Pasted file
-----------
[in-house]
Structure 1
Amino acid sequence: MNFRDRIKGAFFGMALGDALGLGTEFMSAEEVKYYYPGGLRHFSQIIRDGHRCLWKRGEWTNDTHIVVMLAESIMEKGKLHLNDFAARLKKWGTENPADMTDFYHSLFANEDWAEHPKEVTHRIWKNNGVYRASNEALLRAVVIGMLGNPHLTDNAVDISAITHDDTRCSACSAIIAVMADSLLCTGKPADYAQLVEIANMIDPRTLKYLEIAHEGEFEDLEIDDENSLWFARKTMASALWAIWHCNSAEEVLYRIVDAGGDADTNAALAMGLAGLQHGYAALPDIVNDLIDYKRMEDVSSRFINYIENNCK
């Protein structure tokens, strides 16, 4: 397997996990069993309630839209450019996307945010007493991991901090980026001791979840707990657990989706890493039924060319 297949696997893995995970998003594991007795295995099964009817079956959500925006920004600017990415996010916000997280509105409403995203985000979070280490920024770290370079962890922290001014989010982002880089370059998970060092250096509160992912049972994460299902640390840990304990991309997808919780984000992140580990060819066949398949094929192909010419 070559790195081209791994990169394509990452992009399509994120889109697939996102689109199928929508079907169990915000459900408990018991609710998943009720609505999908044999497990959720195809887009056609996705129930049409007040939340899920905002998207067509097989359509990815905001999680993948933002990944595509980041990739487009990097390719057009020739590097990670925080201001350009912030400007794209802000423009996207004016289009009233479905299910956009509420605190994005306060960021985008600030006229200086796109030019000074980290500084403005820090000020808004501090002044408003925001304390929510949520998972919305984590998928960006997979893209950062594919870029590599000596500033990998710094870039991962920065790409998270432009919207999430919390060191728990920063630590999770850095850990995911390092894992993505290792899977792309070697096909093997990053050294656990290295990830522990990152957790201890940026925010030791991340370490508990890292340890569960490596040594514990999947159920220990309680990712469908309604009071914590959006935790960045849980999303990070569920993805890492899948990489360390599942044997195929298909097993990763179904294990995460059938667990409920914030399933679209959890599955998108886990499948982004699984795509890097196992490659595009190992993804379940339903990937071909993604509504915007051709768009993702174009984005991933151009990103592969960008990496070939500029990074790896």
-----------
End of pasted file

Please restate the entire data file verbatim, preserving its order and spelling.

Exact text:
[in-house]
Structure 1
Amino acid sequence: MNFRDRIKGAFFGMALGDALGLGTEFMSAEEVKYYYPGGLRHFSQIIRDGHRCLWKRGEWTNDTHIVVMLAESIMEKGKLHLNDFAARLKKWGTENPADMTDFYHSLFANEDWAEHPKEVTHRIWKNNGVYRASNEALLRAVVIGMLGNPHLTDNAVDISAITHDDTRCSACSAIIAVMADSLLCTGKPADYAQLVEIANMIDPRTLKYLEIAHEGEFEDLEIDDENSLWFARKTMASALWAIWHCNSAEEVLYRIVDAGGDADTNAALAMGLAGLQHGYAALPDIVNDLIDYKRMEDVSSRFINYIENNCK
């Protein structure tokens, strides 16, 4: 397997996990069993309630839209450019996307945010007493991991901090980026001791979840707990657990989706890493039924060319 297949696997893995995970998003594991007795295995099964009817079956959500925006920004600017990415996010916000997280509105409403995203985000979070280490920024770290370079962890922290001014989010982002880089370059998970060092250096509160992912049972994460299902640390840990304990991309997808919780984000992140580990060819066949398949094929192909010419 070559790195081209791994990169394509990452992009399509994120889109697939996102689109199928929508079907169990915000459900408990018991609710998943009720609505999908044999497990959720195809887009056609996705129930049409007040939340899920905002998207067509097989359509990815905001999680993948933002990944595509980041990739487009990097390719057009020739590097990670925080201001350009912030400007794209802000423009996207004016289009009233479905299910956009509420605190994005306060960021985008600030006229200086796109030019000074980290500084403005820090000020808004501090002044408003925001304390929510949520998972919305984590998928960006997979893209950062594919870029590599000596500033990998710094870039991962920065790409998270432009919207999430919390060191728990920063630590999770850095850990995911390092894992993505290792899977792309070697096909093997990053050294656990290295990830522990990152957790201890940026925010030791991340370490508990890292340890569960490596040594514990999947159920220990309680990712469908309604009071914590959006935790960045849980999303990070569920993805890492899948990489360390599942044997195929298909097993990763179904294990995460059938667990409920914030399933679209959890599955998108886990499948982004699984795509890097196992490659595009190992993804379940339903990937071909993604509504915007051709768009993702174009984005991933151009990103592969960008990496070939500029990074790896």